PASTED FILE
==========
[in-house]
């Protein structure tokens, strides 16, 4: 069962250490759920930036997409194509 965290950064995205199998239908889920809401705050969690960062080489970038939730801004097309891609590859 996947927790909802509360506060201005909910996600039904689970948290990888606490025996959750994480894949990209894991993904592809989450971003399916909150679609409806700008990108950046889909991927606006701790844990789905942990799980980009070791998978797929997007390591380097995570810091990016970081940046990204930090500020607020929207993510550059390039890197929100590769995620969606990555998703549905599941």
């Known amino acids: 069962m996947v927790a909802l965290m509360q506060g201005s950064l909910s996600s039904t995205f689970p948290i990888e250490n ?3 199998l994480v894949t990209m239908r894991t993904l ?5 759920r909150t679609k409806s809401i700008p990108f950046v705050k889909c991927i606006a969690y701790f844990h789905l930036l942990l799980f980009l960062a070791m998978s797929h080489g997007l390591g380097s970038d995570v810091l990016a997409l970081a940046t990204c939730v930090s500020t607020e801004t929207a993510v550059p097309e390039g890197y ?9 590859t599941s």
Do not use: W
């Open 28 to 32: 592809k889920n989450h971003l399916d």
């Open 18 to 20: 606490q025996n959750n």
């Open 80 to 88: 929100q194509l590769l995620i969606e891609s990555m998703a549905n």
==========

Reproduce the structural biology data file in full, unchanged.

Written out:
[in-house]
């Protein structure tokens, strides 16, 4: 069962250490759920930036997409194509 965290950064995205199998239908889920809401705050969690960062080489970038939730801004097309891609590859 996947927790909802509360506060201005909910996600039904689970948290990888606490025996959750994480894949990209894991993904592809989450971003399916909150679609409806700008990108950046889909991927606006701790844990789905942990799980980009070791998978797929997007390591380097995570810091990016970081940046990204930090500020607020929207993510550059390039890197929100590769995620969606990555998703549905599941």
């Known amino acids: 069962m996947v927790a909802l965290m509360q506060g201005s950064l909910s996600s039904t995205f689970p948290i990888e250490n ?3 199998l994480v894949t990209m239908r894991t993904l ?5 759920r909150t679609k409806s809401i700008p990108f950046v705050k889909c991927i606006a969690y701790f844990h789905l930036l942990l799980f980009l960062a070791m998978s797929h080489g997007l390591g380097s970038d995570v810091l990016a997409l970081a940046t990204c939730v930090s500020t607020e801004t929207a993510v550059p097309e390039g890197y ?9 590859t599941s």
Do not use: W
């Open 28 to 32: 592809k889920n989450h971003l399916d």
């Open 18 to 20: 606490q025996n959750n």
């Open 80 to 88: 929100q194509l590769l995620i969606e891609s990555m998703a549905n």